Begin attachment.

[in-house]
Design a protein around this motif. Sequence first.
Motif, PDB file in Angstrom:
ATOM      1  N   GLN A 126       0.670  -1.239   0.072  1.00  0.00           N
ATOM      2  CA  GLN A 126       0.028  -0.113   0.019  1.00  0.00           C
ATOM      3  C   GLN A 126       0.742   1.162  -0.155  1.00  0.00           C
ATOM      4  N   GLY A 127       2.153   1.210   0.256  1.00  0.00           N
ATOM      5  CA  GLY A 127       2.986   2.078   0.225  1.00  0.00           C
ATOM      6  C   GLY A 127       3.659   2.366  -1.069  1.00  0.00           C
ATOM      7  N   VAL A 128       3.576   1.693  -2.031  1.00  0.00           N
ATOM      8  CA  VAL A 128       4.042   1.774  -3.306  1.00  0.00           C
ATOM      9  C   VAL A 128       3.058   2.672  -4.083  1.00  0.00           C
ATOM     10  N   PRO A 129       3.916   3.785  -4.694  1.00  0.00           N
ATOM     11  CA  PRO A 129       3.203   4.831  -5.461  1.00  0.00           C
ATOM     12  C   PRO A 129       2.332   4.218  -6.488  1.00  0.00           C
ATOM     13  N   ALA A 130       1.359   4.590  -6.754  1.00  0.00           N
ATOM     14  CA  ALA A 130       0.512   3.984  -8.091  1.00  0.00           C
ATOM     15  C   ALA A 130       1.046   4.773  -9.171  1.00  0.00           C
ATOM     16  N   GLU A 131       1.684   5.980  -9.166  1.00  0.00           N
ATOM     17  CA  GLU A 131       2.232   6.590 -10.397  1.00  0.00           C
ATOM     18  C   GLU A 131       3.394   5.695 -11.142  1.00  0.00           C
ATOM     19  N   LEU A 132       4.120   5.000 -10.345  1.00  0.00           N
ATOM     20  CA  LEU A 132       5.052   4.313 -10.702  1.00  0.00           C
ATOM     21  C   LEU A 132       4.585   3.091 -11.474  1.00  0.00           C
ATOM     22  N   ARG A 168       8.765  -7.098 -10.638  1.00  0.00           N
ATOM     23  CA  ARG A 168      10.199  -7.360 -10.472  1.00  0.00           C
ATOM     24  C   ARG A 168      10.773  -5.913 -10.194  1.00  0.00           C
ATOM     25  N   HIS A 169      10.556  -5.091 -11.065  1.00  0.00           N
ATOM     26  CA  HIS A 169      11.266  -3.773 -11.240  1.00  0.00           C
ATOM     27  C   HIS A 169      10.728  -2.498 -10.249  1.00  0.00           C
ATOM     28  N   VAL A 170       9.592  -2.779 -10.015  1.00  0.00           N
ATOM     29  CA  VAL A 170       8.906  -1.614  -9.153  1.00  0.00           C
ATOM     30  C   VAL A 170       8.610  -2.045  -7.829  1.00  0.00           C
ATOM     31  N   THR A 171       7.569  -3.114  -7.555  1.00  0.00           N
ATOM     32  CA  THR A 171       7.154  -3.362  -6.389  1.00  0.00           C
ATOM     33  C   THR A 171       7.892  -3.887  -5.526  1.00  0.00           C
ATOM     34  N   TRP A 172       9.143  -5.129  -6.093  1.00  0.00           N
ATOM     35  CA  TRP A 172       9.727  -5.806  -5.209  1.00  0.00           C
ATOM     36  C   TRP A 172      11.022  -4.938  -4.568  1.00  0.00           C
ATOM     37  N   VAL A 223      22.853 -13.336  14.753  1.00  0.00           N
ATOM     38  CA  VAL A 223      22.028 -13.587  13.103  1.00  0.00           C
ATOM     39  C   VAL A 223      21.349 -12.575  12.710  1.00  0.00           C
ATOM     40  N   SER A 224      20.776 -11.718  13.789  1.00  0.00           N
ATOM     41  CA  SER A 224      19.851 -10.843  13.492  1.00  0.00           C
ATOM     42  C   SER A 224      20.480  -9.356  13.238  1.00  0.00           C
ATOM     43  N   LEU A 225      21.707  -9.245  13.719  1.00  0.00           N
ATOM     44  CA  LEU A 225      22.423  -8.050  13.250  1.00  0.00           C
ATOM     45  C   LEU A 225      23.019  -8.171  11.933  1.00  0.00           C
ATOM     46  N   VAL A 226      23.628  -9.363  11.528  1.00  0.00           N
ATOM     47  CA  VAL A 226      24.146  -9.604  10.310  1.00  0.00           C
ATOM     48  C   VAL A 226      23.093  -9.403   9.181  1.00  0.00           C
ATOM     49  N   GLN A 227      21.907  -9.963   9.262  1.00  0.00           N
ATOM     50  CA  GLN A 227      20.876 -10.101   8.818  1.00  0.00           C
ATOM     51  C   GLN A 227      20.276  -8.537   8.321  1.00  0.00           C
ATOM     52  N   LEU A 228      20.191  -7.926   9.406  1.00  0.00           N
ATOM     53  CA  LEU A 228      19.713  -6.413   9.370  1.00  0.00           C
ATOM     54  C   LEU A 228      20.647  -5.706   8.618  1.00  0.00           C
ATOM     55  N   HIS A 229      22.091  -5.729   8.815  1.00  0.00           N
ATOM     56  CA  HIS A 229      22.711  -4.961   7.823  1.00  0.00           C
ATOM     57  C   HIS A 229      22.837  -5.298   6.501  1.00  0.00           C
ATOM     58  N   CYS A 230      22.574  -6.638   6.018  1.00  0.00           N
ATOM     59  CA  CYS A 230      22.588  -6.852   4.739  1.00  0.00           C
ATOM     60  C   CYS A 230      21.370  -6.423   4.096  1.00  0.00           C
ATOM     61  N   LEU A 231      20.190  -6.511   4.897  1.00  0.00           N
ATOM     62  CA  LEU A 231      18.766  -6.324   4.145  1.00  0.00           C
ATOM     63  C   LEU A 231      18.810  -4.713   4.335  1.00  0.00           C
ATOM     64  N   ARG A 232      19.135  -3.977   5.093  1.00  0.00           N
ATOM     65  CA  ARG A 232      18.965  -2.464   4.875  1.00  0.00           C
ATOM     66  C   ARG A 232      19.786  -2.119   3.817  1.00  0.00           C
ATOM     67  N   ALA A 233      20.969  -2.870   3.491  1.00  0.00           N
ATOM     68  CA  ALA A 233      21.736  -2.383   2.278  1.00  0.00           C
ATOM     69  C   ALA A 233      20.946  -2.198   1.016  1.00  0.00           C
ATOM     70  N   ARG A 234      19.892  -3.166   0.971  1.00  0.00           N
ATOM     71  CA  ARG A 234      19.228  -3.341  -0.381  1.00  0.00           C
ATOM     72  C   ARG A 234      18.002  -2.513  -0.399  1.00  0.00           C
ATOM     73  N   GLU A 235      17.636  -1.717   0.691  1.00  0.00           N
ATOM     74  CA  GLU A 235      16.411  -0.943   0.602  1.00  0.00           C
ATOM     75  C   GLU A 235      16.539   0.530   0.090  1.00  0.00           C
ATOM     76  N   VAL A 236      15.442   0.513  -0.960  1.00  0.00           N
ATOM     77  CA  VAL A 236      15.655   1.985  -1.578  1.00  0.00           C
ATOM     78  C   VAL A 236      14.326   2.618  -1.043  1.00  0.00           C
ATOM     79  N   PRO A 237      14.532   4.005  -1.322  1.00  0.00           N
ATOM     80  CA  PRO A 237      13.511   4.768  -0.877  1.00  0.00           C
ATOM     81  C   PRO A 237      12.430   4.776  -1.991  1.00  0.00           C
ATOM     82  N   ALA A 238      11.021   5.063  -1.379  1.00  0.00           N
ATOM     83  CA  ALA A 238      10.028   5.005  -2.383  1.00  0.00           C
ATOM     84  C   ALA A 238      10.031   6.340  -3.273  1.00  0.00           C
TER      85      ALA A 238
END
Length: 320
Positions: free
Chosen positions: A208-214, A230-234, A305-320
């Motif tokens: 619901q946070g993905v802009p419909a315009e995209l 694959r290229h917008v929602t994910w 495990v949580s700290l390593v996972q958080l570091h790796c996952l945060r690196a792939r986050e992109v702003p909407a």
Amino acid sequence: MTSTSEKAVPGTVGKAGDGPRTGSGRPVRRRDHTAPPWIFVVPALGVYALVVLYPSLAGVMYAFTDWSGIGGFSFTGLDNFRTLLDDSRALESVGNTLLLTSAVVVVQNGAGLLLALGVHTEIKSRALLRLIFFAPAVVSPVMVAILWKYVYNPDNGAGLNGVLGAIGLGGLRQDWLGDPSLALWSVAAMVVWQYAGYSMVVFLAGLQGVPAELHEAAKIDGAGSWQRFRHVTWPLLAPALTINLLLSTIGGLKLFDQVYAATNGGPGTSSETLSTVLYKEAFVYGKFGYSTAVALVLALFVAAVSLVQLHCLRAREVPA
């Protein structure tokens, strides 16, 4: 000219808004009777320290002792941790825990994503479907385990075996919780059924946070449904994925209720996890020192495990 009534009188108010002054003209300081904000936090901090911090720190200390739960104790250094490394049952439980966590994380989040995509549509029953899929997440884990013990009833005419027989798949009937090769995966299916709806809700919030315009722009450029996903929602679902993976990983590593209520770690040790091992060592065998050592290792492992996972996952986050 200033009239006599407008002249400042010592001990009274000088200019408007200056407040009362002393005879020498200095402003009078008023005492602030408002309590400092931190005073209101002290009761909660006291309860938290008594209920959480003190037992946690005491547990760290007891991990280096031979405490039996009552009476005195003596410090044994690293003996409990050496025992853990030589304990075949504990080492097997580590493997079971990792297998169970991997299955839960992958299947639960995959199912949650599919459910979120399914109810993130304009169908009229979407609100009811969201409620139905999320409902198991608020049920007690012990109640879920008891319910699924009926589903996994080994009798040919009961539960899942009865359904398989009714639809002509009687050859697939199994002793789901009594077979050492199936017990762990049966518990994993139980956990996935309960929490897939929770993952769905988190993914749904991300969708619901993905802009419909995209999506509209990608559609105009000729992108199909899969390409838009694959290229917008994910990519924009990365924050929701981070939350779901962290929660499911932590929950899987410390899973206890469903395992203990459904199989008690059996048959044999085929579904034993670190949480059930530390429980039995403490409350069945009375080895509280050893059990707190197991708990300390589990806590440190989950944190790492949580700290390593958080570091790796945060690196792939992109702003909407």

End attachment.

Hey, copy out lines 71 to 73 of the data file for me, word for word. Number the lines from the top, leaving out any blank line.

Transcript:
ATOM     68  CA  ALA A 233      21.736  -2.383   2.278  1.00  0.00           C
ATOM     69  C   ALA A 233      20.946  -2.198   1.016  1.00  0.00           C
ATOM     70  N   ARG A 234      19.892  -3.166   0.971  1.00  0.00           N